Mark and I are panting like a pack of wearied snow dogs. My lungs burn as I suck in freezing air trying to catch my breath. A strange sound collects my attention. Are ducks quacking or has the frost poisoned my brain? It’s delirium. I’m going crazy, for sure. Ducks?
“Shhh,” I whisper as Mark scowls at me. He hunches with both hands resting on his knees, wheezing like a boiling teapot.
“I-damn-wuh-mon,” he huffs.
“Shhh,” I whisper again, “do you hear ducks? It’s coming from over there.”
“What ducks? Ducks? Are you kidding me?”
“The quacking of ducks, dammit. Fuck! Don’t you hear ducks quacking?” Mark looks at me as if I’m crazed. His eyebrows raise to the middle of his forehead. As the quacking continues he smiles. I feel like he heard it this time. “It’s ducks. Ducks?” He says.
“Obviously,” I scoff.
We begin a brisk walk to locate ducks which seems utterly futile and silly. I spin in different directions following the sound. Left, right, right, left, right, right, in between some trees, and around a corner or two. The scenery changes and the trees scatter. I run towards the sound of glorious quacks which get louder with each step we take. There’s a new refreshing dampness in the air, and the light from the sun peaks through, brightening up this dreary forest.
I spin around a final group of Pines and there’s the lake just as Mark described. Bleak winter on our side, and what appears to be a warmer climate on the other. Peculiar, considering the distance across couldn’t be more than a half-mile. The opposite side of the lake already seems more inviting! There is where I want to be, need to be, should be. It’s like paradise from my skewed point of view.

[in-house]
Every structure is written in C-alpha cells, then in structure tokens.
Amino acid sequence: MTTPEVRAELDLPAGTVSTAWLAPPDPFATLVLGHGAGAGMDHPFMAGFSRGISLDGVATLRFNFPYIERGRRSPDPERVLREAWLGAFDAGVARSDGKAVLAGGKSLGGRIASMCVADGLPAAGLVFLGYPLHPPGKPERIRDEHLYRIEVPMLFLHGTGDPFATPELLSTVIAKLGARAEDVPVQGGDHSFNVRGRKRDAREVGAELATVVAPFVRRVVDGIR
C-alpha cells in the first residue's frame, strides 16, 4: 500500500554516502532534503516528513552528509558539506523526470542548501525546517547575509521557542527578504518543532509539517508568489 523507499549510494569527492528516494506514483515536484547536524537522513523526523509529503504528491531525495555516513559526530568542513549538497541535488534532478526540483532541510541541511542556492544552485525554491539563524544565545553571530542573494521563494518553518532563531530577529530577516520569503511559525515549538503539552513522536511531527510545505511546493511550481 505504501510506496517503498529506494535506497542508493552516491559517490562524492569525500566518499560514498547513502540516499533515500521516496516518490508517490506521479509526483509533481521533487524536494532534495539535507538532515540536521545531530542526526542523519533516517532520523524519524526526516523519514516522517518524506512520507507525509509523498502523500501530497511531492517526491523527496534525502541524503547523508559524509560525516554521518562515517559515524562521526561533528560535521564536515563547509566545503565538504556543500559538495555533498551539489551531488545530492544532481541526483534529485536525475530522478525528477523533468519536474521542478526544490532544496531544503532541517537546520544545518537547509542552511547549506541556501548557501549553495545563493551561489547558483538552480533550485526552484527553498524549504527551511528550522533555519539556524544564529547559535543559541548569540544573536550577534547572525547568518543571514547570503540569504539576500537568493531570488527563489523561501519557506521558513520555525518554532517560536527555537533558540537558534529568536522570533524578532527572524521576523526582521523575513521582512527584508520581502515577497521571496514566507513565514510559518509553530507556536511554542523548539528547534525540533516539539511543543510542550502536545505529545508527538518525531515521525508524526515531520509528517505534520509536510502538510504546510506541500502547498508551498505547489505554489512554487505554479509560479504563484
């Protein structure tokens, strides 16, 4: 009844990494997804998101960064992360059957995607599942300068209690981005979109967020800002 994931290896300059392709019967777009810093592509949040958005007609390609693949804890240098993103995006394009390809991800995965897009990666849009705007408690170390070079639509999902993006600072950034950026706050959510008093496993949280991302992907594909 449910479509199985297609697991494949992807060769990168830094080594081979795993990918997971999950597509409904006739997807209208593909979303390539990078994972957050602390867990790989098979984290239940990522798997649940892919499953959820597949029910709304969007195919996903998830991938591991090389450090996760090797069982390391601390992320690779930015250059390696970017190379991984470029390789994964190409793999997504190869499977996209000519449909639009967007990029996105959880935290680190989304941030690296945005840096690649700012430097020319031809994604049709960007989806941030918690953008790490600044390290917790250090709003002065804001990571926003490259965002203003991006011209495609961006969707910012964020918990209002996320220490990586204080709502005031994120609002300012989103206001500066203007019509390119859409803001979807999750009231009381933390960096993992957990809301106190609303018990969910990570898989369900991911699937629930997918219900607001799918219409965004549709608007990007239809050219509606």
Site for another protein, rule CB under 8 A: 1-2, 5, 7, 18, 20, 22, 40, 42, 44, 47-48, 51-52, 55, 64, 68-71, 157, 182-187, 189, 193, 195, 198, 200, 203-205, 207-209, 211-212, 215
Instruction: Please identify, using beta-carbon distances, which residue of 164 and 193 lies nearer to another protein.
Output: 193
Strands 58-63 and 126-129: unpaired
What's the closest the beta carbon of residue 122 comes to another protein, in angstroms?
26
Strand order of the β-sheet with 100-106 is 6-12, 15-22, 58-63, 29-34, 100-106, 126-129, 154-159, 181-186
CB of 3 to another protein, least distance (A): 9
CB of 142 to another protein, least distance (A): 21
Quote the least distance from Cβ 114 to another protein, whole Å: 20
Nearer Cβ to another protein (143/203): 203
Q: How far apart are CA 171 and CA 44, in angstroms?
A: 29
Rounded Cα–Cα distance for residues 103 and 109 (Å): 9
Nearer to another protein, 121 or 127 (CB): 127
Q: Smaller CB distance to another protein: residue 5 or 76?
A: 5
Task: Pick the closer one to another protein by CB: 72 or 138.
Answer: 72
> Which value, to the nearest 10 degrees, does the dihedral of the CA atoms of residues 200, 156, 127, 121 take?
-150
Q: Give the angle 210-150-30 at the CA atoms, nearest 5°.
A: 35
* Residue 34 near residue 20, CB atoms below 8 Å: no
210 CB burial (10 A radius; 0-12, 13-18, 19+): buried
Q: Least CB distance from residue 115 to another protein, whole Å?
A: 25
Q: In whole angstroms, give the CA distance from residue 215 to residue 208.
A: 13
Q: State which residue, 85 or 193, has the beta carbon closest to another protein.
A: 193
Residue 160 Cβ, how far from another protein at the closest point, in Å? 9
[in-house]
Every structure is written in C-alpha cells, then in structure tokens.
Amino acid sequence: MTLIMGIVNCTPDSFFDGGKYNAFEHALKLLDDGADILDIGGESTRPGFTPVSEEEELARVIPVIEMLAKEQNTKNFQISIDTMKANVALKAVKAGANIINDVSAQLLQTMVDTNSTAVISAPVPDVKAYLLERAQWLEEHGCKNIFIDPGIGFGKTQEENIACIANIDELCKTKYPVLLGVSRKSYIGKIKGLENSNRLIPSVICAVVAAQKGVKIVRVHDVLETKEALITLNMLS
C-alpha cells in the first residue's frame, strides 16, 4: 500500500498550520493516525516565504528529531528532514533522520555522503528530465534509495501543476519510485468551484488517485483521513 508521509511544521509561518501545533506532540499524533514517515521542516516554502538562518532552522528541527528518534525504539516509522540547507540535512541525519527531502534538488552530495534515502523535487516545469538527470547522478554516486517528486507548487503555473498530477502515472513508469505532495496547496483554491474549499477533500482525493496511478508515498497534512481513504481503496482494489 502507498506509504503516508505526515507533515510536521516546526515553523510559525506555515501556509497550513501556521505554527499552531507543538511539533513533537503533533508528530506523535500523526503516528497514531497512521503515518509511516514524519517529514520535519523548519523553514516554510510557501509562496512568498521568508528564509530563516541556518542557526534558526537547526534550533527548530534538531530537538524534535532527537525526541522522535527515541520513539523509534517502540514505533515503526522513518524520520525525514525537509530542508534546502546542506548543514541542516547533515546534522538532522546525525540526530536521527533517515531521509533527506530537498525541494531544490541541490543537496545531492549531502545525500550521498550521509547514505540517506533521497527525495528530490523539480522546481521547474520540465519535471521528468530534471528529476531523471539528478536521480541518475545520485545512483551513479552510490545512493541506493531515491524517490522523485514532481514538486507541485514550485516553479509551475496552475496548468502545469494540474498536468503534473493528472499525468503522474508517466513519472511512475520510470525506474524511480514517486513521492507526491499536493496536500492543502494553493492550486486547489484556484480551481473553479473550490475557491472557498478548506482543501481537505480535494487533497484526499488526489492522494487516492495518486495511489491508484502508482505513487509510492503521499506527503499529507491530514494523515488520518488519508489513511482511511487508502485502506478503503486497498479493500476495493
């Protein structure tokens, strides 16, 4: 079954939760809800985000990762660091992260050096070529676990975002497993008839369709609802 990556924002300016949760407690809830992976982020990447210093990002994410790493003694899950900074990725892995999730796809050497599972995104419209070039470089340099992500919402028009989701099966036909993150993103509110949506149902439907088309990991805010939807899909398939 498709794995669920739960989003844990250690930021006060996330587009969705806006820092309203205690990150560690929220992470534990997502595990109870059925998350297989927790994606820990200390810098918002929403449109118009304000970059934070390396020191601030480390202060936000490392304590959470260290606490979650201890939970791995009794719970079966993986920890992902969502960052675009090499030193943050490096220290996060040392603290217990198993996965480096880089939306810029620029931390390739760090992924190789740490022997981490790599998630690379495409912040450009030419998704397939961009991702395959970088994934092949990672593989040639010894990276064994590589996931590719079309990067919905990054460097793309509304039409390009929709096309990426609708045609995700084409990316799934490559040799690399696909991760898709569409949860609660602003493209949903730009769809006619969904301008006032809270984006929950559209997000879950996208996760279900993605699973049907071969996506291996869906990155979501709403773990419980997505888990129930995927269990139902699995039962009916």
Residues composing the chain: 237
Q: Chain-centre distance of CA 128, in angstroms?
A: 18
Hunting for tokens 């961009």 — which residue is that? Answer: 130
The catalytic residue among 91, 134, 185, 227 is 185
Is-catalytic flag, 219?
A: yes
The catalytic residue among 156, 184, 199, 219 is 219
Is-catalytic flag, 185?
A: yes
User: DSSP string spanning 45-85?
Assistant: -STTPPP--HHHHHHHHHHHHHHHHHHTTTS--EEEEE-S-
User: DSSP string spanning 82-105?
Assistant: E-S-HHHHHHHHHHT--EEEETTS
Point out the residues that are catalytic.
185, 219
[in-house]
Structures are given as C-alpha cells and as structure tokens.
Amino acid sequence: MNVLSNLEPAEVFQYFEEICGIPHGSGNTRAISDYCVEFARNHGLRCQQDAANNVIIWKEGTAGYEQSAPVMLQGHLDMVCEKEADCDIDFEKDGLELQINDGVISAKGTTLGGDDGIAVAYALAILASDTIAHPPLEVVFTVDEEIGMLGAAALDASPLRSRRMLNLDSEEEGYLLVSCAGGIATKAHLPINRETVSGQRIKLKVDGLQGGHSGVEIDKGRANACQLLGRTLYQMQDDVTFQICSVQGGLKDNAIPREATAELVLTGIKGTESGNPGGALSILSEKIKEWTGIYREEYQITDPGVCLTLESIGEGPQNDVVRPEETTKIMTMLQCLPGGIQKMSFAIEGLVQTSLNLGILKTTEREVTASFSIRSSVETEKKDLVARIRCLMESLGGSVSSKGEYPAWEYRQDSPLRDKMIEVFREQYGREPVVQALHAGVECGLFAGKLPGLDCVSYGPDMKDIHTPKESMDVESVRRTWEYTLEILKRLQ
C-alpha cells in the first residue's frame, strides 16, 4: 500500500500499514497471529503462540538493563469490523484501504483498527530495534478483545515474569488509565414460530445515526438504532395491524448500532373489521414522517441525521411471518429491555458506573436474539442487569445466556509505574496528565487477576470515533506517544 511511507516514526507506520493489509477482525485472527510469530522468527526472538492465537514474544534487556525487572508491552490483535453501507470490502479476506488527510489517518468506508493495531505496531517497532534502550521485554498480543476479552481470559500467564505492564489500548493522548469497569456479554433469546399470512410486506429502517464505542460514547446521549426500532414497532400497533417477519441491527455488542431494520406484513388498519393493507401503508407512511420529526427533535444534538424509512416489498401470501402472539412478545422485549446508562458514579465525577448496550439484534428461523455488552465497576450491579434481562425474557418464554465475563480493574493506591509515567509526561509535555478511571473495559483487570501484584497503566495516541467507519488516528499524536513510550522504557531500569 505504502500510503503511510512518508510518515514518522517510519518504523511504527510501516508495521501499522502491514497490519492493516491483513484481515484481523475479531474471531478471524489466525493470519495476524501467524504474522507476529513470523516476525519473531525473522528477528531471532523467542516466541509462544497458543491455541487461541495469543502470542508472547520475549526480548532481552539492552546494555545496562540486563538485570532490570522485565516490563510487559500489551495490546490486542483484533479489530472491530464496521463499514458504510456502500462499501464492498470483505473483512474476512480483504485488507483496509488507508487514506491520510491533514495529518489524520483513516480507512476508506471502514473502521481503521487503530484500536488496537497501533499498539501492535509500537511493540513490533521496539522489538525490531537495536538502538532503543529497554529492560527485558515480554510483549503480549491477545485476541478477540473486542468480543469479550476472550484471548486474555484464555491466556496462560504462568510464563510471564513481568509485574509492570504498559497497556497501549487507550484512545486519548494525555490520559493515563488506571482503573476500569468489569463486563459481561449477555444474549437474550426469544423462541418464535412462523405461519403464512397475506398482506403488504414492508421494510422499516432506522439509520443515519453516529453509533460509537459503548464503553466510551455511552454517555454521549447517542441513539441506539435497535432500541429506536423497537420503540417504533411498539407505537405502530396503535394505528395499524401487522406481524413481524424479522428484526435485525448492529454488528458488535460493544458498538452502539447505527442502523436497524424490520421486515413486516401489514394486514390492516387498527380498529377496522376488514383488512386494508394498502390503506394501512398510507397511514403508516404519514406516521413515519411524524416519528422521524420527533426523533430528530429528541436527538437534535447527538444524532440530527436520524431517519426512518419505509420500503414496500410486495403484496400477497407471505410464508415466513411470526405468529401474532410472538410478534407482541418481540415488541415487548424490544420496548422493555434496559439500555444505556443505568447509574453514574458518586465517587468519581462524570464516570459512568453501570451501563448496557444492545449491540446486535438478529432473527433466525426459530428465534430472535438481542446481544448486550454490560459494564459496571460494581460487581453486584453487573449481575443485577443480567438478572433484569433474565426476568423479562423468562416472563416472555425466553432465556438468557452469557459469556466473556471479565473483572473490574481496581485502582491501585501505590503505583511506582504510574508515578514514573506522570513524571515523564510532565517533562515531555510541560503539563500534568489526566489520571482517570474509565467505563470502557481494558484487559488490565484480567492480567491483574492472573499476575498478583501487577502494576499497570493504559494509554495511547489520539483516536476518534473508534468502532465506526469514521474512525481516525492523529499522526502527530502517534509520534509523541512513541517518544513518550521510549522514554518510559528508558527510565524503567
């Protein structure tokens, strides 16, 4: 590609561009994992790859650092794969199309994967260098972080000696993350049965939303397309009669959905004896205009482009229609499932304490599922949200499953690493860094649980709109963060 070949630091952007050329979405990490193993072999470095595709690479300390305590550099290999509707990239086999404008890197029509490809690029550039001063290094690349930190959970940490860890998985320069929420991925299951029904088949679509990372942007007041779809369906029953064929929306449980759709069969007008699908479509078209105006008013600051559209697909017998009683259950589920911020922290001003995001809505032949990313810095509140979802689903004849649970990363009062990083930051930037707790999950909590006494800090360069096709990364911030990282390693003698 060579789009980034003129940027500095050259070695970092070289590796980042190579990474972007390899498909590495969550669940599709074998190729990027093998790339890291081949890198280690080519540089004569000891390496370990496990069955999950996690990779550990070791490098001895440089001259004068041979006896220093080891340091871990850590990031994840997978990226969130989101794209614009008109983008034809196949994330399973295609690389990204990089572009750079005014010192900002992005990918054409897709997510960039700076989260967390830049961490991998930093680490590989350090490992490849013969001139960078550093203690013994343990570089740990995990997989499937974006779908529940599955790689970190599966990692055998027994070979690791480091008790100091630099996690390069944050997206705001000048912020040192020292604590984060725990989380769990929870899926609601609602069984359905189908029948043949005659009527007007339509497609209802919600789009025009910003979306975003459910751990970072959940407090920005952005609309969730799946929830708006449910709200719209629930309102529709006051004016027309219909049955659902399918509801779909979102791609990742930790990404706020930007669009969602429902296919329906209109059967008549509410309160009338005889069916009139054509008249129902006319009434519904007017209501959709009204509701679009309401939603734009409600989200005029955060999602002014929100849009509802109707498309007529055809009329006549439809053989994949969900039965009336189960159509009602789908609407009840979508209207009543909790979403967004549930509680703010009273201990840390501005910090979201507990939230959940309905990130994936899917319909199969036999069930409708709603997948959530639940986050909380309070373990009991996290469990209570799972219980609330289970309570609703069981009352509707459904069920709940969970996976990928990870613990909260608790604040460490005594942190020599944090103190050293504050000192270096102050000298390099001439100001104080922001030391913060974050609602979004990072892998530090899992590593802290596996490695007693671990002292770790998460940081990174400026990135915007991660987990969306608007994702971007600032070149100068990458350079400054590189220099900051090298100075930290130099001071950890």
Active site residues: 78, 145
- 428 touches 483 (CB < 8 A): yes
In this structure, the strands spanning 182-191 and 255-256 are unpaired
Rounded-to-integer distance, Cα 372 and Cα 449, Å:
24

The waters look like a photograph. As I approach the bank, I gawk into the glassy surface dazzled by my reflection. My cheekbones are high and defined, lips are plump and perfect, breasts are full and perky, and body is curvy and voluptuous. I only wish I had makeup, so I could see the full effect. My blonde hair hangs over my shoulders as I bend over the lake.
“Beautiful. Perfect. Harmony. Sync,” rumbles a thunderous voice from the sky. It sounds almost ethereal, majestic. Was it real? I glance at Mark who already had his head tilted up at the murky clouds overhead. It’s obvious we both received the same mysterious message.
“What the hell!” He says.
“You heard that, right? I’m not crazy? Right?” I plead, hoping for reassurance.
“Yes. It sounded like what I imagine God would sound like if he spoke,” Mark describes. I nod my head in agreement.
“What the hell was that voice? It sounded like something out of a dream.”
“Why must you know? Because it mentioned beautiful and perfect? Obviously, it wasn’t talking about me,” snaps Mark.
“How do you know what it was about? Don’t be so sure? Since I arrived, besides this transformation nothing has gone right.” “Oh, my god! You were beautified, I was attacked. Nothing has gone right? Come on, Raquel.”
“Well, you know what I mean.”
“Just don’t change. I always feared we’d change eventually after we felt comfortable in our own skin. Some girls get so beautiful then forget about everyone else. They can pass so well, they sort of lose sight of the struggle. You really didn’t have a struggle in this case. So I don’t know,” Mark lectures.
“No. I guess not. It was too easy. Scary easy. I promise I won’t change. I promise.”
“But, there is one thing we’ve overlooked here,” he continues, “Are you thinking what I’m thinking?”
“Probably,” I nod.
“We may have found the lake, but how do we get across it? And don’t forget the old lady is still on our asses. Somewhere, out there,” he points.
I reaffirm, “I couldn’t have said it better myself.”
“Well technically you did,” he jests, and we both laugh.
That voice from the sky – was it speaking about me? Suspicions tell me it’s another clue. I scan the bank of the lake for a solution to our little problem. We need to get to a warmer climate before it’s too late for both of us. Either we’re gonna freeze to death, or the witch will attack. Let’s see what happens first.